Anonymous PR: How to avoid Facebook competition hell

An anonymous PR’s field guide to Facebook competitions which, if not navigated correctly, are a nightmare and a monumental waste of time.

Having seen @Charloot’s call out on Twitter for contributor articles for this blog, I immediately signed up in earnest.

I have a lot to say on the subject of Facebook competitions. The hell I am referencing in the title is a real place – I have been there. Facebook competitions should be a low-cost, low effort method of building a relevant fan base that is then ripe for social engagement. Follow the steps and you may just get those 250 entries and 5000 likes you’re after, which will make you feel like this.

This post is particularly relevant to marketing and PR pros who are delivering to clients, and it is you who I sincerely warn: wing it at your peril; this, this and this await those who do not follow my mostly jaded but somewhat sage advice.

Here’s how the ideal Facebook competition should work.

Know what you are talking about

If you are new to Facebook competitions, educate yourself immediately.

If you can answer these questions, you are ready:

-       What is a Like Gate? Why do I need one?

-       Do we want a pre-fab app or should we make one?

-       Do we need web app functionality?

-       Do we need a designer and developer?

-       What is an iFrame?

-       What are Facebook’s rules about promotion?

-       Should we host the competition on an internal server or should we host externally?

Whatever you decide, make sure that you (and more importantly your client) understand the limits of your budget, the skill limits of your designer/developer and that you agree a price and deadline in your initial negotiations.

PRs, please believe me when I tell you that communicating the above with your client is paramount to your sanity.

Decide if a competition is right for the brand.

Do you have a target audience that: a) exists b) uses Facebook and c) can benefit from engagement?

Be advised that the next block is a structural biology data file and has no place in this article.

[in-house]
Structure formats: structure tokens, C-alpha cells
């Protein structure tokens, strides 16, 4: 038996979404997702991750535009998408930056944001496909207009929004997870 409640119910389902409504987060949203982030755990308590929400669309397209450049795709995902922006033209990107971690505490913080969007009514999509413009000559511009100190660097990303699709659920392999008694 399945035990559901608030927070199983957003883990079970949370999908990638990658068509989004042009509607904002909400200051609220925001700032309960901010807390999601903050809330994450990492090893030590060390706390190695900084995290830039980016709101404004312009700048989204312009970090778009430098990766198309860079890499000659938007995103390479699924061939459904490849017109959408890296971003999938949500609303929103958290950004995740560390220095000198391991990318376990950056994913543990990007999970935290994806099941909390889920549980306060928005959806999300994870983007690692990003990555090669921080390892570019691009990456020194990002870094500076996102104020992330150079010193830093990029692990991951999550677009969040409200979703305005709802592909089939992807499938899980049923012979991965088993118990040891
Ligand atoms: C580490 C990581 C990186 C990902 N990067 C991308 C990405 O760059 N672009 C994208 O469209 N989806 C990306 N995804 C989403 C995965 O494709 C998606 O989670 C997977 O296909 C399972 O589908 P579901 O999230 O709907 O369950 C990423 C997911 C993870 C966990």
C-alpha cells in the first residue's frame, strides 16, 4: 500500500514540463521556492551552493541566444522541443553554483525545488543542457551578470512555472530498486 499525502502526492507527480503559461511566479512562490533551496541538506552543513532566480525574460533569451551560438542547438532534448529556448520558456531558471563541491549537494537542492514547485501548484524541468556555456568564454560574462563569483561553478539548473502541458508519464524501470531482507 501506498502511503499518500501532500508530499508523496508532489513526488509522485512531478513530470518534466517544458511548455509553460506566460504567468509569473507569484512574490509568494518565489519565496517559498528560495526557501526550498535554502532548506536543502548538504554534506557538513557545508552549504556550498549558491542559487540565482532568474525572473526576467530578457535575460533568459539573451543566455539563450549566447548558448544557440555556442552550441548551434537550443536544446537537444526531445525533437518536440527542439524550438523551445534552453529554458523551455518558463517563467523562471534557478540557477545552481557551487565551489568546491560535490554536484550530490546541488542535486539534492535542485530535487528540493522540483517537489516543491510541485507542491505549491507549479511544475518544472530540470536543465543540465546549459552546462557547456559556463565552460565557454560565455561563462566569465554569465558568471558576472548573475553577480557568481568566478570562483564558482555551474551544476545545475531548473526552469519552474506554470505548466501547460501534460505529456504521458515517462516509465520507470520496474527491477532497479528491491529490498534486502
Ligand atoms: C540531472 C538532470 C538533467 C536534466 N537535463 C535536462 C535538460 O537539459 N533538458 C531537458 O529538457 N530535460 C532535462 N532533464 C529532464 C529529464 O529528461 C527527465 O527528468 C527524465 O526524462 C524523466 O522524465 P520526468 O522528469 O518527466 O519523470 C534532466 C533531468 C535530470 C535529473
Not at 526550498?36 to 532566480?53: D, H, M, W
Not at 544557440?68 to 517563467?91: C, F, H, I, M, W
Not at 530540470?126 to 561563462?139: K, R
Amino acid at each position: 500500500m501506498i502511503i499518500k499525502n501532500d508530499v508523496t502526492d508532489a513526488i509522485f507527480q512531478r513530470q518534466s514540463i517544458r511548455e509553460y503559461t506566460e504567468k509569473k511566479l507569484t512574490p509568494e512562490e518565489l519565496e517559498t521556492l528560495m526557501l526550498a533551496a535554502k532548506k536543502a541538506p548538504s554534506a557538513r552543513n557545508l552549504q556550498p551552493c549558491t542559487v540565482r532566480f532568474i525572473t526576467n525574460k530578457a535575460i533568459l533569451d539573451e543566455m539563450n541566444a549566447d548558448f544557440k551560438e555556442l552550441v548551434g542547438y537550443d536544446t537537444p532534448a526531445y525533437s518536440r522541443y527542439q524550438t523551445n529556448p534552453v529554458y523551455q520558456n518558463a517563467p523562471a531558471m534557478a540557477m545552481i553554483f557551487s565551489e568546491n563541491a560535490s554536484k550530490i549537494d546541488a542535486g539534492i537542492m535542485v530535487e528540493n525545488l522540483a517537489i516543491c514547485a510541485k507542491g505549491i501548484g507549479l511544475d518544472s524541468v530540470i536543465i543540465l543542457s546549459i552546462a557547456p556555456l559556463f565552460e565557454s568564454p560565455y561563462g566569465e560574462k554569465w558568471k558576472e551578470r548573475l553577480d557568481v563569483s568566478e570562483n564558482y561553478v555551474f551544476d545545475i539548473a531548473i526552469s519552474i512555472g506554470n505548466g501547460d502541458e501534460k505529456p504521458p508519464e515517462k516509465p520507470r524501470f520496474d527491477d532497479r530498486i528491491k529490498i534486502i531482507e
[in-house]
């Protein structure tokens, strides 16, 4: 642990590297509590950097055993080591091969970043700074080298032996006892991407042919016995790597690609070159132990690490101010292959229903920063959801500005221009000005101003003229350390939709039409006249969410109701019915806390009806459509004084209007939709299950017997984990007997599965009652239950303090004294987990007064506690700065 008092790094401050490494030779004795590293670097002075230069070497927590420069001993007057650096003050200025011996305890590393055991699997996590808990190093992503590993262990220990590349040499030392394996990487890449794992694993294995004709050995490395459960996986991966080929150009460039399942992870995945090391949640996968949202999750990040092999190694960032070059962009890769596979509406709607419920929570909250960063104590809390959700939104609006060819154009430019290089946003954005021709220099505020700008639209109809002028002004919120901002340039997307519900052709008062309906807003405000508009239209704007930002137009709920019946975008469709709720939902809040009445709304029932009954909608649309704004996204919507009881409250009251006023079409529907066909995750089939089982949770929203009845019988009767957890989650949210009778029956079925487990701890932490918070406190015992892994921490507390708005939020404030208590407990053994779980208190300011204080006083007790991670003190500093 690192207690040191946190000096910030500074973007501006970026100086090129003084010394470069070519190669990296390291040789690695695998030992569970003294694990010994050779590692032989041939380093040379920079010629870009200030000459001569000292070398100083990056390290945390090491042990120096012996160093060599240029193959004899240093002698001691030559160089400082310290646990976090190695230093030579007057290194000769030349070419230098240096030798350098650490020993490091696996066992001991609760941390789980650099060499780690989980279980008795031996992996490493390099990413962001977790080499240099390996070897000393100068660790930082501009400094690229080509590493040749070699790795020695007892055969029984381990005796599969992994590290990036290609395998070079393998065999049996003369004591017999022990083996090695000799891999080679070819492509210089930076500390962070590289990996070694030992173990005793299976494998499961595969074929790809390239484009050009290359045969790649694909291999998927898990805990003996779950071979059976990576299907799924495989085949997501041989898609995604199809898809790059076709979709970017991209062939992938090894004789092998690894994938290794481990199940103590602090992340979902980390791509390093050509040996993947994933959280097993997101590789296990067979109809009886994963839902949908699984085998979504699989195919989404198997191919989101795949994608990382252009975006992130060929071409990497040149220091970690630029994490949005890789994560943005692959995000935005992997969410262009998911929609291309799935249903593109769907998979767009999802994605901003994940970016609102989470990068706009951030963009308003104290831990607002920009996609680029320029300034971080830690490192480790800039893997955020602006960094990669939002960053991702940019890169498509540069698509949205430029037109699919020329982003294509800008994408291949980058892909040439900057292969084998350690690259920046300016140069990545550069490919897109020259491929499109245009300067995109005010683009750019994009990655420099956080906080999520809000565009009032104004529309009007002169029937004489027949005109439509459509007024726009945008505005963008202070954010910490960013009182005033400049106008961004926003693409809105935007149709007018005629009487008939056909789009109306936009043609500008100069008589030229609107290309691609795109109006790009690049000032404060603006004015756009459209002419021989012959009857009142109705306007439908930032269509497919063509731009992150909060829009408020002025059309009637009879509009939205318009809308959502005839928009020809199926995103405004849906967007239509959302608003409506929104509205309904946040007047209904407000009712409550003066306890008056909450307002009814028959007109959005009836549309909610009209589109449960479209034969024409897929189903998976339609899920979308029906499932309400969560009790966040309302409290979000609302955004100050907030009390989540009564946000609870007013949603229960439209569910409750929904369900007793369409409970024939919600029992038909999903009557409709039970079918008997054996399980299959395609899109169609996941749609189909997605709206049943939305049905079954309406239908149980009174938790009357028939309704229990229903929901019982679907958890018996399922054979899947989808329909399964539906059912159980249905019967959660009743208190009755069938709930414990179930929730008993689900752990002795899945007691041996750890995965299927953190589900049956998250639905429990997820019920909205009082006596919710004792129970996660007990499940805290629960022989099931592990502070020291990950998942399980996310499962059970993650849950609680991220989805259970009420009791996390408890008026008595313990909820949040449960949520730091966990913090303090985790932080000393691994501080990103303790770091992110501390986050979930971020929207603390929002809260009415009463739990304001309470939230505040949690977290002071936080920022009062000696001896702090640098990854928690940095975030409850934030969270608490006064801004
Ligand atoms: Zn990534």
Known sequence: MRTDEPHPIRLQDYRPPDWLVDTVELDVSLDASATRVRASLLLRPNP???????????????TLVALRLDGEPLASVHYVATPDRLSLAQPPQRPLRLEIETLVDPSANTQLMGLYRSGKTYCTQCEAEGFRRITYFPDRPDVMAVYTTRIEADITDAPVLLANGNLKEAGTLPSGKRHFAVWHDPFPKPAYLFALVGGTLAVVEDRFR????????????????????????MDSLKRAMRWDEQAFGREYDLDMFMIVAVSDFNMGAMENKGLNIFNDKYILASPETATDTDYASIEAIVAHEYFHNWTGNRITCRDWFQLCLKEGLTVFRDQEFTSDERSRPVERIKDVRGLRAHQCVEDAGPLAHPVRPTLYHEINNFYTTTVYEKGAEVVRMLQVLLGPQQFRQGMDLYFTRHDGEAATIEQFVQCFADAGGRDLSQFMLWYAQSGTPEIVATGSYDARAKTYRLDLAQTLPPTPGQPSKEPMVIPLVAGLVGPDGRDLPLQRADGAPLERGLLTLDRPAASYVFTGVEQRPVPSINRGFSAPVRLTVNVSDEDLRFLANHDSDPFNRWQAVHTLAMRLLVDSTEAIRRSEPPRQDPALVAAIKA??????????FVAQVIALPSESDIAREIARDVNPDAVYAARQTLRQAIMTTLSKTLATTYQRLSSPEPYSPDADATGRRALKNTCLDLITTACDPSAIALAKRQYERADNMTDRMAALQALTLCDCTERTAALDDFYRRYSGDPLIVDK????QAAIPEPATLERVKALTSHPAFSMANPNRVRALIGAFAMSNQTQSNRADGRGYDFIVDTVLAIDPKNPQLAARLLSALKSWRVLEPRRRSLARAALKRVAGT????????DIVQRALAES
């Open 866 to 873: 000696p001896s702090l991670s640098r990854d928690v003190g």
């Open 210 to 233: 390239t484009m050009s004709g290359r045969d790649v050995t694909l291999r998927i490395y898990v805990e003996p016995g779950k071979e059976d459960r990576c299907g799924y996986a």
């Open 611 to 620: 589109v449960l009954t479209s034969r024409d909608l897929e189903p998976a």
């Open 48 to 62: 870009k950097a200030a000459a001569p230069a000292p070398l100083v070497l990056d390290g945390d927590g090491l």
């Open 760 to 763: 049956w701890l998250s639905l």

If the answer is yes to all three of those, then yes. A Facebook competition is probably right for you.

Decide on some objectives: number of likes, number of entrants, number of tweets/wall posts. You will need objectives later on when you are measuring the success of your campaign.

If you are a PRO, ask your client these questions too. Give all the information, your research and recommendations with plenty of context, and form the questions so that they require yes or no answers.

Choose a format that suits your client or brand

Will it be a photo competition?  An interactive game? Joke?  Or my personal favourite, create your own meme?

Whatever it is, consider your audience and whether entrants will be bothered to enter. A prize worth a few hundred pounds or dollars doesn’t always cut it. Make sure it’s easy enough for even an iPad-wielding small child to enter on Facebook – both mobile and desktop versions.


Choose a designer and developer that can meet your agreed requirements and deadline. Create a detailed brief with examples of what you are looking for, as well as supplying any relevant branding material and high res logos and images they will need when designing.

Ensure the quote includes at least two sets of revisions and reiterate this to the client, asking for all feedback, in the first round of revisions. I am not exaggerating when I tell you that I have had to endure eight rounds of client revisions in the past.

Once your competition is built, tested and approved, you are ready to launch.


Soft launch your competition first. That is, have some audience members lined up who will feedback about the entry process and alert you to any problems early on. That way, your official launch will go off with fewer hitches.


Smatter the competition everywhere. Plaster it all over Twitter and on Facebook (following the rules, of course), Instagram, Pinterest, competition forums and blogs.

If nothing is working, find room in the budget to hire a communications/media student or graduate for a few hours to do the work for you. Pay them a base hourly rate and then offer commission for every 20 entries they generate.

Close and evaluate

Close the competition on the deadline, announce the winner, and send off the prize. Try to make sure you have a photo of the prize handover to put on Facebook and Twitter, too.

In evaluating the competition, measure the results against the objectives. If you exceeded them, well done! If you didn’t, can you explain why?

If you achieved lots of likes, but not entries, then fear not! Likes are the most important part. They give your brand the capacity to engage with the target audience in future.

Lots of entrants but no likes? You didn’t have a Like Gate, pal.

No entrants and no likes? It happens. See steps two, three, five and six.

With these steps and some meticulous client communication, you should have a successful competition and a happy client.

Finally, if it all goes down the porcelain throne anyway and you find yourself in Facebook hell, commiserate and amuse yourself by checking out this website – it’ll make you feel better, promise.

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